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Final Thoughts

Final Thoughts

You can reach Rich Tandler by email at WarpathInsiders@comcast.net A few thoughts in the last hours before the game that don’t fit anywhere else:

  • The conventional wisdom is that the pressure is all on the Seahawks; I’m not so sure about that. Although very few from the outside thought that the Redskins would be where they are now, they thought that they would. In minicamp, Jon Jansen sat in front of the assembled media and announced that it was his goal, and the team’s goal, was to play in the Super Bowl in Jansen’s home state of Michigan. It seemed like bravado at the time, but if these guys don’t believe that they can win it all they wouldn’t be there all offseason pumping weights, going through chalk talks and walking through plays. Certainly Joe Gibbs realizes that you don’t often find yourself two wins away from the Super Bowl and you have to take advantage of the situation. Jansen, having been in the playoffs after his 1999 rookie season and not since, can certainly add his perspective to that point.The Redskins are putting the pressure on themselves. Fans may think that they are playing with house money. The players and coaches do not. They’re playing with money earned in Ashburn in March, April, and May.

  • This team put up 35, 35, and 31 in its last three games of the regular season against defenses in the same category with Seattle’s. I just heard Ron Jaworski (who I generally respect) giving the fact that Chris Samuels struggled against Simeon Rice last week as a reason that the Washington offense will struggle and the Seahawks will win. Was there a trade that we haven’t heard about? Or has Grant Wistrom all of a sudden become a Rice-like force? I certainly don’t have an issue with people picking the Seahawks to win since they are the logical strong favorites. But at least use some points that make some sense in doing so.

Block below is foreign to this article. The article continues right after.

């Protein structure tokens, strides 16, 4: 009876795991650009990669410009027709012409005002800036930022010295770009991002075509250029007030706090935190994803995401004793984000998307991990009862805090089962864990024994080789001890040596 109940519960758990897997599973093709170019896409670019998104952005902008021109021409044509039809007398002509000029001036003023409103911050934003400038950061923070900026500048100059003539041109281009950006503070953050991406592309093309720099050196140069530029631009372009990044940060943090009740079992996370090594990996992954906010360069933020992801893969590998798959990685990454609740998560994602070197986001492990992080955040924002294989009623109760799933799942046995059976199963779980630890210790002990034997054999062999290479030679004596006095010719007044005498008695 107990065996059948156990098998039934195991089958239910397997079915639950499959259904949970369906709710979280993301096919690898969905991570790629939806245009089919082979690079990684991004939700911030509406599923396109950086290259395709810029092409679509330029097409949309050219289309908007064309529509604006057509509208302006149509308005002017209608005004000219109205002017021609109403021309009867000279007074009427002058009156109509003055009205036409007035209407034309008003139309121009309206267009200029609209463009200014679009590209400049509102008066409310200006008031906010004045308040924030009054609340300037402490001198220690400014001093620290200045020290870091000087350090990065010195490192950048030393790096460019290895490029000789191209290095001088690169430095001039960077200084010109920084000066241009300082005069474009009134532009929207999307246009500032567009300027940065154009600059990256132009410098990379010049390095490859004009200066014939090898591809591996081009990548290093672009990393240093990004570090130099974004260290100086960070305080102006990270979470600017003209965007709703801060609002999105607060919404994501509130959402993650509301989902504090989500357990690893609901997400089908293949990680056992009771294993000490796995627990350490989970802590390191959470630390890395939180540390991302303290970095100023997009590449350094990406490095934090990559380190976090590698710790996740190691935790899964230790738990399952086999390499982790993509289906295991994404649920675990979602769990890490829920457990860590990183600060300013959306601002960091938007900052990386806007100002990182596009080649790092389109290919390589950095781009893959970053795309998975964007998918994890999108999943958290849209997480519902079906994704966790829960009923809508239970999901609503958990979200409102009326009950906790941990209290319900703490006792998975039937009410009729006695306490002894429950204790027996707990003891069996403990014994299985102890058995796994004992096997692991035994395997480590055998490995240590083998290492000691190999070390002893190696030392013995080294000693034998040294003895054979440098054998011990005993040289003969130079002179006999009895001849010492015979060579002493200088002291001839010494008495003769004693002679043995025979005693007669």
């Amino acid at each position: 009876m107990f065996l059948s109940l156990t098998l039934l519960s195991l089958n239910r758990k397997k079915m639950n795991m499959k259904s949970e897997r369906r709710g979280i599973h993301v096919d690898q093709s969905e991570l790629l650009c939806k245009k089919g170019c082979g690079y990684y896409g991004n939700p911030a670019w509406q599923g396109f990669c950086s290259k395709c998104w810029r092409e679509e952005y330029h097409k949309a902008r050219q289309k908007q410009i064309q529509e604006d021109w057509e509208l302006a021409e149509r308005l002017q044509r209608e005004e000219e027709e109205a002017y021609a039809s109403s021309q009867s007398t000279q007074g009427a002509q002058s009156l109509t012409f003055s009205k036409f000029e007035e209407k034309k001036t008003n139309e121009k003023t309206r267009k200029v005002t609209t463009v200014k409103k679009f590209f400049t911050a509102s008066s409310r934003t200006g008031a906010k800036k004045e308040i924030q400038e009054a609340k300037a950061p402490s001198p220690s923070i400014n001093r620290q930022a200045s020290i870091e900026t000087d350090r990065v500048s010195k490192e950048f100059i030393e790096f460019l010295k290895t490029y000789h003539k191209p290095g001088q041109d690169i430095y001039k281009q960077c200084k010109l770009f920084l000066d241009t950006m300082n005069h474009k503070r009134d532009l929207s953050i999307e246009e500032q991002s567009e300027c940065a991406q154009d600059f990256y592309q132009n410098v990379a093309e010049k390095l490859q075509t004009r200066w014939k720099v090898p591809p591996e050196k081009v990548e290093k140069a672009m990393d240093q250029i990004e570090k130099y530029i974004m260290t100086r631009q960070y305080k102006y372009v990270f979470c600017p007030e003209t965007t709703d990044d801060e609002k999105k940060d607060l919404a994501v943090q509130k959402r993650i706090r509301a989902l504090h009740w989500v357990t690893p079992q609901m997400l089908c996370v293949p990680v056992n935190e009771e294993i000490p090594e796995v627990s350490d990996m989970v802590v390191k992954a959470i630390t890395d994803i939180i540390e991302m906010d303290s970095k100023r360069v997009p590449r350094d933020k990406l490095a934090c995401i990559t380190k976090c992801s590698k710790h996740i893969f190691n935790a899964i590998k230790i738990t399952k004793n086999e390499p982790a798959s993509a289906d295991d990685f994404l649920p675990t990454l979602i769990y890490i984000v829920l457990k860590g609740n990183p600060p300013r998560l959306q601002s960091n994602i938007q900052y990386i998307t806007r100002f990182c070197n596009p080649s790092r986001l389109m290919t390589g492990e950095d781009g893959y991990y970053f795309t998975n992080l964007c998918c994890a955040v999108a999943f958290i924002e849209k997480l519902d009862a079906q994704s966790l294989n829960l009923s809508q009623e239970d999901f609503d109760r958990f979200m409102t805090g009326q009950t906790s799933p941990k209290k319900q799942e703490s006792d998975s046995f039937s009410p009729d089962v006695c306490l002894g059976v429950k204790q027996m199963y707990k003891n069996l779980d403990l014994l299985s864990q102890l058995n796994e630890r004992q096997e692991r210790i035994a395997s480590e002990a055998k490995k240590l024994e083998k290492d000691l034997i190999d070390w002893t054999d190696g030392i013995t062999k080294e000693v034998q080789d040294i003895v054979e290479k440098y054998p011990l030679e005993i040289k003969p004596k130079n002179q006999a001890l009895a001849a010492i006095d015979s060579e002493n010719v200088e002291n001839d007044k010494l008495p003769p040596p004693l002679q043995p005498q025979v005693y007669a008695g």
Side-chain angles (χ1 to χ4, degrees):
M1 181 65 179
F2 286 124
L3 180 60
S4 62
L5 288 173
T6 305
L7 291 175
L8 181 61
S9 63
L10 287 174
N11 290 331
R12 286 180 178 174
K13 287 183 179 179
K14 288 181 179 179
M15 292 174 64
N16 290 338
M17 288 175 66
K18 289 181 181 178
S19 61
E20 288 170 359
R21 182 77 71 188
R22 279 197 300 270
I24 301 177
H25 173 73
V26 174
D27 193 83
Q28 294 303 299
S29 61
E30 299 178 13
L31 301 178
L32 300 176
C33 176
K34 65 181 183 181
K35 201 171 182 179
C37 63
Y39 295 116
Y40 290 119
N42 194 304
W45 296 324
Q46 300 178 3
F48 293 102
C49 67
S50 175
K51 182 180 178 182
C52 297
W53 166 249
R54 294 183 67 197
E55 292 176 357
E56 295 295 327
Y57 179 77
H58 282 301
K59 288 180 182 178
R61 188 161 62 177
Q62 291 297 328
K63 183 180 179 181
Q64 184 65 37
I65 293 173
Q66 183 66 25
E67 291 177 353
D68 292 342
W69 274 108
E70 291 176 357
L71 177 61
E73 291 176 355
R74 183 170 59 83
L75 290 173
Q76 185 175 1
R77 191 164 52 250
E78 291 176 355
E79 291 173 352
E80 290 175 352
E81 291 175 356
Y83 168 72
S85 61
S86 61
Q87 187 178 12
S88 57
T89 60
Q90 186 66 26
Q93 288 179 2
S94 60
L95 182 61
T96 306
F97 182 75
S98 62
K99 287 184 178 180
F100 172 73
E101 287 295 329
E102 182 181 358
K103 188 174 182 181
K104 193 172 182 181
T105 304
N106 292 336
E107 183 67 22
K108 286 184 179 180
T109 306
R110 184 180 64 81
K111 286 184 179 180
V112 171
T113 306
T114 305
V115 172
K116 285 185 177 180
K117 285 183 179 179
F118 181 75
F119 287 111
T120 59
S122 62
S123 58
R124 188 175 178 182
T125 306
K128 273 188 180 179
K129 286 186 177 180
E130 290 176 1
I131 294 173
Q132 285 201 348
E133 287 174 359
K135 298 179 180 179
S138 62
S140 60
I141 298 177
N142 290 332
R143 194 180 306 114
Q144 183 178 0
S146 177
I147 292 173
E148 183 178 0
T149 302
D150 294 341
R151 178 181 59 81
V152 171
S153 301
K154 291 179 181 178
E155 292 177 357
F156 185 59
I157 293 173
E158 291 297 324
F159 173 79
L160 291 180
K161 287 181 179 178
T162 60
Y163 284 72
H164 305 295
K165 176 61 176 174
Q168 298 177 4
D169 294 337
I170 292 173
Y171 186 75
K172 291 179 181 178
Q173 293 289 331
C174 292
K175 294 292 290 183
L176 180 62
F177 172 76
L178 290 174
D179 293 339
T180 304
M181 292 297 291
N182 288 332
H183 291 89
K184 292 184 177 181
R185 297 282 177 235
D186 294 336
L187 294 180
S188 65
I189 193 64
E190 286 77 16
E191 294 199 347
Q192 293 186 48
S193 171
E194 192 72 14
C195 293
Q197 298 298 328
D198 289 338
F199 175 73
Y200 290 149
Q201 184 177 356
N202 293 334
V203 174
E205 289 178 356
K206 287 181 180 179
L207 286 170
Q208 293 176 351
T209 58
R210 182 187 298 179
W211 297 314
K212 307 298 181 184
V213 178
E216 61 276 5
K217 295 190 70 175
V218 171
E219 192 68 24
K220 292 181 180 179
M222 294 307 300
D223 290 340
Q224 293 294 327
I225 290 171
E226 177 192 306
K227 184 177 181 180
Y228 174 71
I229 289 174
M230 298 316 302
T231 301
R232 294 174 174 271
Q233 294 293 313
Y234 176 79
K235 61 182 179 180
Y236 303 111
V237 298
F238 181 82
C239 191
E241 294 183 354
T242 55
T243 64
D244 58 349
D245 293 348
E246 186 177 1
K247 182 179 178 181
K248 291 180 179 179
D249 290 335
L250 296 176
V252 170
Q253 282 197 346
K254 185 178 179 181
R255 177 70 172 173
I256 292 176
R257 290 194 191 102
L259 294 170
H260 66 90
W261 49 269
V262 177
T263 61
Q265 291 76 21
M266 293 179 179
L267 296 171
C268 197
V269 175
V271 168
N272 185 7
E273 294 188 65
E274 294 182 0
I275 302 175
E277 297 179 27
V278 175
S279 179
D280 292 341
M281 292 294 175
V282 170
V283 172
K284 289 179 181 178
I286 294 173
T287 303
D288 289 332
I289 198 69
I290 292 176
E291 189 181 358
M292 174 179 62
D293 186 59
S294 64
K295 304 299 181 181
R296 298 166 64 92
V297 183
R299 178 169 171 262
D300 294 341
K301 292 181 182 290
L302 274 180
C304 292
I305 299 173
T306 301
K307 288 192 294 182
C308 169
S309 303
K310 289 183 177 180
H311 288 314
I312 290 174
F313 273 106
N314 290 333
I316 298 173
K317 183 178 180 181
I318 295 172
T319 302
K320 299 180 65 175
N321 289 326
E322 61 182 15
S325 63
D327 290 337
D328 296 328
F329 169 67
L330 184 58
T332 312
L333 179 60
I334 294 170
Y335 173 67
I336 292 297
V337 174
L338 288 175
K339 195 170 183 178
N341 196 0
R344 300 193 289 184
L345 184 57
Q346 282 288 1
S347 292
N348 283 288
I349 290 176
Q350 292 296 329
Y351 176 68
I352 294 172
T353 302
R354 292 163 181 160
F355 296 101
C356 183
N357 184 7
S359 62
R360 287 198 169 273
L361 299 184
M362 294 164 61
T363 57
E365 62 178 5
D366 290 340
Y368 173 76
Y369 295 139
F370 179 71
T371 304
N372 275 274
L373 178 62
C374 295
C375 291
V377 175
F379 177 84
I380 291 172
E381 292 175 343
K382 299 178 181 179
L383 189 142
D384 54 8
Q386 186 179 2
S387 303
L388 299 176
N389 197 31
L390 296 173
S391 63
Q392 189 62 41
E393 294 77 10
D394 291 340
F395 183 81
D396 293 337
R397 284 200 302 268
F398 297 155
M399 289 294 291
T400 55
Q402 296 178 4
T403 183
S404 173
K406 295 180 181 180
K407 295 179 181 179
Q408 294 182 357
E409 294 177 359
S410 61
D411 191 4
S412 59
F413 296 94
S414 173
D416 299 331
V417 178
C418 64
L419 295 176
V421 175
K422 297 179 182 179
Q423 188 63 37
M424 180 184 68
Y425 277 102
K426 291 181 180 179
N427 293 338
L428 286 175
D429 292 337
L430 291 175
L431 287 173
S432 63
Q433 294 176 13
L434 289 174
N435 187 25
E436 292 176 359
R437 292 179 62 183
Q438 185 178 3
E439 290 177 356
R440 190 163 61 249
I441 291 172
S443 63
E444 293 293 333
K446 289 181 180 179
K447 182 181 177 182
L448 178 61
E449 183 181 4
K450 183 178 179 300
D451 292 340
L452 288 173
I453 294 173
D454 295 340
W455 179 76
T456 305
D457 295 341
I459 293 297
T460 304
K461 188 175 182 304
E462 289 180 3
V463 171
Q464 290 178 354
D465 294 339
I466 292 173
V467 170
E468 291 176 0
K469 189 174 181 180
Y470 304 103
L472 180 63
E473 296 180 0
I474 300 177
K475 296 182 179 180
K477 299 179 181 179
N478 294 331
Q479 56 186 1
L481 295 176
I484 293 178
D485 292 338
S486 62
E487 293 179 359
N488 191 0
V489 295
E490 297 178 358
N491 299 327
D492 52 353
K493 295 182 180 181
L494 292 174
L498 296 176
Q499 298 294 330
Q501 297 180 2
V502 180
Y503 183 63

• I had heard that Shaun Alexander is a “me” kind of guy. Last year, he celebrated his team’s division title clinching in the season’s last game by saying “I got stabbed in the back” since he hadn’t met his individual goal of leading the NFL in rushing. I hadn’t heard the unflattering nickname “Soft Shaun”. This is not a moniker bestowed on him by the media; it was his teammates who dubbed him this for his propensity to run out of bounds rather the fight for additional yardage.

  • On the message board at WarpathInsiders.com, the Redskins site that I’m the editor of, someone came up with a great analogy for the two teams’ offenses. The Seahawk offense is a purebred greyhound—sleek, swift, smooth. The Redskins offense is an old mutt with an attitude; it’s ugly and often can’t get out of its own way but at times you don’t want to have anything to do with it.

  • One of the keys to the game is the Redskins getting some small degree of productivity out of the #2 receiver spot. James Thrash, who isn’t much of a threat but can find the first-down marker a couple of times a game, is probably out with a broken thumb. That leaves Taylor Jacobs and all one can do is hope that he finally gets it, runs the right patterns and can move the chains a few times. Jimmy Farris, anyone?

  • If that fails, Plan B has to be to throw to Portis. His paucity of receptions—he as fewer than two a game—is one of the more puzzling aspects of this offense. If you get him out there is space with the ball, he can go a long way.

  • Pulling out another play from the Tandler playbook, look for a pump and go on the bubble screen to Santana Moss early in the game. Teams have been jumping that play for the past several weeks and its effectiveness has diminished. Faking the short pass and then sending Moss downfield could result it a big play. If not, it will at least force the defense to loosen up.